Turmi – Hammer Market and US dollar as an unidentified currency

It looks that Turmi is a touristy place as there were plenty of campings. We had chosen Evangadi Lodge and Campsite– the place offers a variety of accommodation and facilities (hotel rooms, tents for rent and restaurant), but to get there we needed to cross a dry river bed and avoid getting stuck in the sand. Since we arrived and asked for the price, the guy at the reception told us that actually our friends just arrived…We were confused, who was he talking about, but after a while we noticed familiar 4×4 Toyota – Terri’s and Johnny’s car. Totally accidentally we picked up the same camping.  Campsite was rather expensive in comparison to what we were paying before for accommodation in Ethiopia (200 Birrs for 2 people and the car/ night) , but it was really nice and we decided to stay as also we already had a great company.

Turmi is a tiny little place surrounded by plenty of Hammer villages. On Monday Hammer people come to Turmi and spend time on its famous market. Market is definitely place where everybody should come, even for a while. Women with their shimmering coppery-coloured tresses sell vegetables, spices, butter milk and traditional items (head stools, calabashes, metal arm bracelets and goat skin decorated with beads and cowrie shells…). To us it looked like the market was divided into two parts. First part was surrounded by a fence and prepared rather for tourists – We had never asked about prices there but I guess they were rather “touristy”. Second part of the market rather looked like the place where Hammer people were changing goods with each other or with people from different tribes.

This part of market looked more authentic. We also managed to buy for a 70 Birrs amazing goat skin with colourful beads and shells. This market is also a place where local people can interact with tourists. We also noticed that Hammar people try to get money from tourists in many ways, for instance a 10 years old girl came to us and asked wheter we wanted to take photo of her..when we said: “yes”, she added that it would cost us 1 Birr…Kids observe adults and they learn very quickly following their examples.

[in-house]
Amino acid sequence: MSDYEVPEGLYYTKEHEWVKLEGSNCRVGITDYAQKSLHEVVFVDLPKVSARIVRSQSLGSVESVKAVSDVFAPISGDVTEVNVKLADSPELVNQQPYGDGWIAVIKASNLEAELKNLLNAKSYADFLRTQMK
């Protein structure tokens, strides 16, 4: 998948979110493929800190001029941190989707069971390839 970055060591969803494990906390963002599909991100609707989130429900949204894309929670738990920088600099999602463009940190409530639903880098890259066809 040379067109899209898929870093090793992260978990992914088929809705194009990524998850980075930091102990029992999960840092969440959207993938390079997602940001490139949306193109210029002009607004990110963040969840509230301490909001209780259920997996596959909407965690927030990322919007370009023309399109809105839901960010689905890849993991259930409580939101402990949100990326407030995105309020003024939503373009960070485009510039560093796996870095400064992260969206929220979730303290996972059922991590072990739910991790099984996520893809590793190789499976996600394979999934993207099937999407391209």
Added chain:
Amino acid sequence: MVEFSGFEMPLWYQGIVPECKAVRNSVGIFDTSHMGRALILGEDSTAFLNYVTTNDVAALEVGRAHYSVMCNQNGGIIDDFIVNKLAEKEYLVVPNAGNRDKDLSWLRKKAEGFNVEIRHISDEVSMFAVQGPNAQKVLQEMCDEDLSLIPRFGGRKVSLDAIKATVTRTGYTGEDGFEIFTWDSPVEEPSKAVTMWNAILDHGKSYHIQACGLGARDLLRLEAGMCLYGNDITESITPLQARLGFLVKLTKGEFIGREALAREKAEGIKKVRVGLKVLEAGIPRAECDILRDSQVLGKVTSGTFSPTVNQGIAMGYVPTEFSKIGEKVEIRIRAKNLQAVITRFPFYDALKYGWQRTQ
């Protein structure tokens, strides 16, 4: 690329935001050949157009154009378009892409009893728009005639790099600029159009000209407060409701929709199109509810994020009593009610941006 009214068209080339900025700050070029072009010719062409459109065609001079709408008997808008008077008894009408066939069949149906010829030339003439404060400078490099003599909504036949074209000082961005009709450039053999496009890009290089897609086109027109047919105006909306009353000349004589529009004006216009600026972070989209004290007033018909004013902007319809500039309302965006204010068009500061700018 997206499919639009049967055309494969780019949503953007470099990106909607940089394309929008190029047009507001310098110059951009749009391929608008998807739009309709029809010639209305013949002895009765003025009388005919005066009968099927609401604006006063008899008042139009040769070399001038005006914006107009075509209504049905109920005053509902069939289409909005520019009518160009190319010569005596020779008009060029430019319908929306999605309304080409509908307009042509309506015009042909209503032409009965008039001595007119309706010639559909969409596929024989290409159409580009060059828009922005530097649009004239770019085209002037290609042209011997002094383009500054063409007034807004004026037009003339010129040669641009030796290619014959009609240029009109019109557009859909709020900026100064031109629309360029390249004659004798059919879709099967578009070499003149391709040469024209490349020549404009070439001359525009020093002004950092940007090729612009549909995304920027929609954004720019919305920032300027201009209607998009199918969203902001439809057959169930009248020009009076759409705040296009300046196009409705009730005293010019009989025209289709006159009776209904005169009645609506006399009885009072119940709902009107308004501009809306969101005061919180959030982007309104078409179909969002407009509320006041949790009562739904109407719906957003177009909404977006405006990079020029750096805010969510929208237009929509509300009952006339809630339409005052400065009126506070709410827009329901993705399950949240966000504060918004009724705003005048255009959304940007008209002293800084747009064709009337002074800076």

When we were coming back from the market, we heard two girls already prepared for bull jumping, singing and dancing…They noticed us and did little show to us. We wanted to give them few Birrs, but we didn’t have any left. I remembered that I had 1 US dollar in my rucksack and we decided to give them that note, but surprisingly…they didn’t know what was that? What currency! We were seriously really surprised as we though that everyone in the world is able to recognise American dollars. It proved that we were mistaken. Hammer girls followed us to the campsite, where the manager of the place exchanged that US dollar for them! I probably will never forget how happy they were, when they got 15 Birrs in exchange for one, unknown to them banknote…

• They are agropastoralistists, who cultivate: sorghum,vegetable, millet, tobacco and cotton
• Wild honey is important part for their diet
• They are known for their hairstyles (they put on their hair a mixture of ochre, water and binding resin) They twist strands many times to create a coppery-coloured tresses known as goscha, which is a sign of health and welfare
• If men have killed recently dangerous animal, they are permitted to clay hair buns (sometimes they are also supported by ostrich feathers ). Those buns lasts from 3 to 6 months
• Every piece of body decoration or jewellery has a symbolic importance.The women wear iron coils around their arms and bead necklaces, plus decorate their skin with cowrie shells. The point of iron torques around the necks of engaged or married women indicate the prestige of their husband.Unmarried girls wear a metal plate in their hair. The iron bracelets and armlets show the wealth and social standing of the young woman’s family (After a marriage she must remove all of the jewellery – this is a gift to her new family). In terms of men, for instance, number of earnings denote the amount of wives they have.
• Hammers are also masters of body decoration: body painting and scarification– it allows them not only express a great artistry, but also serves important social and cosmetic purposes. For most tribes scarification is a distinction for brave warriors (For woman, the raised texture of the skin is very desirable and it holds sensual value for men; men cannot scarify themselves, till they have killed at least one enemy)


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